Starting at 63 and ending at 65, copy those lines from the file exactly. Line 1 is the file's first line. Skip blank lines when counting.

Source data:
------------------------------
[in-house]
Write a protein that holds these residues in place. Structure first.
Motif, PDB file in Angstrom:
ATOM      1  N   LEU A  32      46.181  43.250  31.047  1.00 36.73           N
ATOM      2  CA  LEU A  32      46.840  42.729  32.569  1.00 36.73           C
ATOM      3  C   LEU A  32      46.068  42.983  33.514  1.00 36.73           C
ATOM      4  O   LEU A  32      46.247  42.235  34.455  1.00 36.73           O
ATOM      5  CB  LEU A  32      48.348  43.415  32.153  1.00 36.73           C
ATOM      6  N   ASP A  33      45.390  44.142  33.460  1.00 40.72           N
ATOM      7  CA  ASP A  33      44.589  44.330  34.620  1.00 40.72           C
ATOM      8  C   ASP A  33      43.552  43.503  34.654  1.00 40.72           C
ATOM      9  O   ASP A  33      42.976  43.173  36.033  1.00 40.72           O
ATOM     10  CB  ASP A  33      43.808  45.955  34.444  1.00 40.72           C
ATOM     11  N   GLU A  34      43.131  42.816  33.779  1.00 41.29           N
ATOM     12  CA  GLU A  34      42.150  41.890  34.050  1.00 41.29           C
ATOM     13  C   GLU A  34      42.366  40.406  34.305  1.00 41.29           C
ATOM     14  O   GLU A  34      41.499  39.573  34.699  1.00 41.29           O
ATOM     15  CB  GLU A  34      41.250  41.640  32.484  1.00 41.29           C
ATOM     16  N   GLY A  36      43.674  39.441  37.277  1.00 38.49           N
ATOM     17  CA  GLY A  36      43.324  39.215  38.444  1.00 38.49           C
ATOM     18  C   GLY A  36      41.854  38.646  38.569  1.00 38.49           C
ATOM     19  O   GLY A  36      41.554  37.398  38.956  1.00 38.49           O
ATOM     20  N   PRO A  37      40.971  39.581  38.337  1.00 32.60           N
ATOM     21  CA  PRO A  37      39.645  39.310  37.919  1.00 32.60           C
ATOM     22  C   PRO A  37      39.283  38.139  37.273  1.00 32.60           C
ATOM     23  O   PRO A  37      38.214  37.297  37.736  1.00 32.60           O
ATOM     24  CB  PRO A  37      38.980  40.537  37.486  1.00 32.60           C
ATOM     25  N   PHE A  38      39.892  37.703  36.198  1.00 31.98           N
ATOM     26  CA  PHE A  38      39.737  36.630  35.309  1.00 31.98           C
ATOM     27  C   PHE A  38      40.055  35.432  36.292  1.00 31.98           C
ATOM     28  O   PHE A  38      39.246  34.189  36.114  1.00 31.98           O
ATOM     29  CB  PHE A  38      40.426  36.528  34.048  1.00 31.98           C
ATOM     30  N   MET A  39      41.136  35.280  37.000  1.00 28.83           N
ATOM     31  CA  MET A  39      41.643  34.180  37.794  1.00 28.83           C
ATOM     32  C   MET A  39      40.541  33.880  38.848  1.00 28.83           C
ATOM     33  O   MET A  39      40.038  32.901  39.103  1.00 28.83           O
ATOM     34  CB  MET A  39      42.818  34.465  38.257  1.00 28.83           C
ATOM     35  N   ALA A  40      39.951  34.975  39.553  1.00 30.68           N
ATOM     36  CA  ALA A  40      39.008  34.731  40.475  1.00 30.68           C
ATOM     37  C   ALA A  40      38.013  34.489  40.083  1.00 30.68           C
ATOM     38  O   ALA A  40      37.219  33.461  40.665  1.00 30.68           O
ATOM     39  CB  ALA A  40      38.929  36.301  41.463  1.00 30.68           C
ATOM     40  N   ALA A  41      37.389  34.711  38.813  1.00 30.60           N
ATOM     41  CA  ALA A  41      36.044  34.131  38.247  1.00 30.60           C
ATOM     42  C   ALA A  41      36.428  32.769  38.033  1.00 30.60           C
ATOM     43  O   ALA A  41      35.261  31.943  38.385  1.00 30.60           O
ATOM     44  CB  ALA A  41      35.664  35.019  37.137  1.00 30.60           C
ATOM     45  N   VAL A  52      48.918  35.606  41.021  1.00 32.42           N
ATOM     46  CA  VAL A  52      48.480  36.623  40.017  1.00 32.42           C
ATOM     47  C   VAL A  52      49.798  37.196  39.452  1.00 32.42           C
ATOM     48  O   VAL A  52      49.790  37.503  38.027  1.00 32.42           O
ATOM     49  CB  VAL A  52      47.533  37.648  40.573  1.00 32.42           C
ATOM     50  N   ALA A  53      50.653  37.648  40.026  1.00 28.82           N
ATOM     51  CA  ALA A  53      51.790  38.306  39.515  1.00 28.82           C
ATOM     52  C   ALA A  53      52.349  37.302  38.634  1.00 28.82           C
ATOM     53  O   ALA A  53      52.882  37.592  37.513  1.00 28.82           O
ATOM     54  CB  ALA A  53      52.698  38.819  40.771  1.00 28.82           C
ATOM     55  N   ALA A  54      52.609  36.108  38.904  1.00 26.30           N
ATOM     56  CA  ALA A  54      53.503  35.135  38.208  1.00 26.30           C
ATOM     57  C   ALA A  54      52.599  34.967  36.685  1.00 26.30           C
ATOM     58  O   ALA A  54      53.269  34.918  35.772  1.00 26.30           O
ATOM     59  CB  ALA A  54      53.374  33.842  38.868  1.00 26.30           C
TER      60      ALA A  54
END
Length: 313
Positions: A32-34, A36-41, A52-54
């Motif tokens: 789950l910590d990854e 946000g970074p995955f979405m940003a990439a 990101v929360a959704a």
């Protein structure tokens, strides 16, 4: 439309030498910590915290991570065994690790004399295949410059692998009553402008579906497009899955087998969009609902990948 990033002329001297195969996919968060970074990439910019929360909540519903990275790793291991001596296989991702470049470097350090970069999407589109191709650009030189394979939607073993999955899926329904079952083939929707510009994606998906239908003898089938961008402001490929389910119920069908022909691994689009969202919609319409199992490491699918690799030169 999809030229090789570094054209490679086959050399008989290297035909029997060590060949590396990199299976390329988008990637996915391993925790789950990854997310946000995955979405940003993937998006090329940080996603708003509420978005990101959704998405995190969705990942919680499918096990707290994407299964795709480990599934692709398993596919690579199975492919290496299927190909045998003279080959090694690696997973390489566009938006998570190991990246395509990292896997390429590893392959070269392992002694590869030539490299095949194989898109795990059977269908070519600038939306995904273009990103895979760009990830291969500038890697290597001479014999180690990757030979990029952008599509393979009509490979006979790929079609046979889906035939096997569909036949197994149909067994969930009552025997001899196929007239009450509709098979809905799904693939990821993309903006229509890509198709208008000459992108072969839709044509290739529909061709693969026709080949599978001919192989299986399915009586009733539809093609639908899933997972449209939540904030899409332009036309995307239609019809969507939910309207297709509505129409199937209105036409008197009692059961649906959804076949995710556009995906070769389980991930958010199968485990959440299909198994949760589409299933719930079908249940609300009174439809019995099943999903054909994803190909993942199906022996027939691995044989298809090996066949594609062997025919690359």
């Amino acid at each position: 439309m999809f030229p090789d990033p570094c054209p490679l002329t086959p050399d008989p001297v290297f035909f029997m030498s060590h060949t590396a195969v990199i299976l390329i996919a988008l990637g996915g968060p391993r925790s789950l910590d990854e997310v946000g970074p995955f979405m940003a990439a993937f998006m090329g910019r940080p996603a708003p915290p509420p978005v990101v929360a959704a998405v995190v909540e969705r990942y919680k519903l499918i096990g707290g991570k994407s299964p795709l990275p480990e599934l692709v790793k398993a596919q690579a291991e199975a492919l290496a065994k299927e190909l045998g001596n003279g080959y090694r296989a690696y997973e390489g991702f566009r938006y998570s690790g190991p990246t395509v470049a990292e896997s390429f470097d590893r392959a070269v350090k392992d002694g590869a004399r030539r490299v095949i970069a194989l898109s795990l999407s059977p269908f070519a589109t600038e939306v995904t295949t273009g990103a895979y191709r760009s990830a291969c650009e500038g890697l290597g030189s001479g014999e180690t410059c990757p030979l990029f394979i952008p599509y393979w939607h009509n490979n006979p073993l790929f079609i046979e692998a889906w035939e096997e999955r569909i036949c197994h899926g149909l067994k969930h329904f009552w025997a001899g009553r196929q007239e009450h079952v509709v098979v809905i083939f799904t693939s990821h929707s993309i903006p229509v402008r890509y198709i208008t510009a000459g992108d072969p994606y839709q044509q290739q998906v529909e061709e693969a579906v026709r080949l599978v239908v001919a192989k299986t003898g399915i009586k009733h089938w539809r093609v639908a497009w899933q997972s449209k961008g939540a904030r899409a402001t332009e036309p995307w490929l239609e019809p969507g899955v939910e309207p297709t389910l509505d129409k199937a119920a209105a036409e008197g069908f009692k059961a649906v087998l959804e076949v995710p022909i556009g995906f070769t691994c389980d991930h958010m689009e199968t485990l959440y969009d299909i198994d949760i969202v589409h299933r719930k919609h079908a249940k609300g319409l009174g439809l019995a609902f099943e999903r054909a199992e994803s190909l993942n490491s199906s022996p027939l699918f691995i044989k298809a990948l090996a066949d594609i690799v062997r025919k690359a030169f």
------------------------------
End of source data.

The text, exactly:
TER      60      ALA A  54
END
Length: 313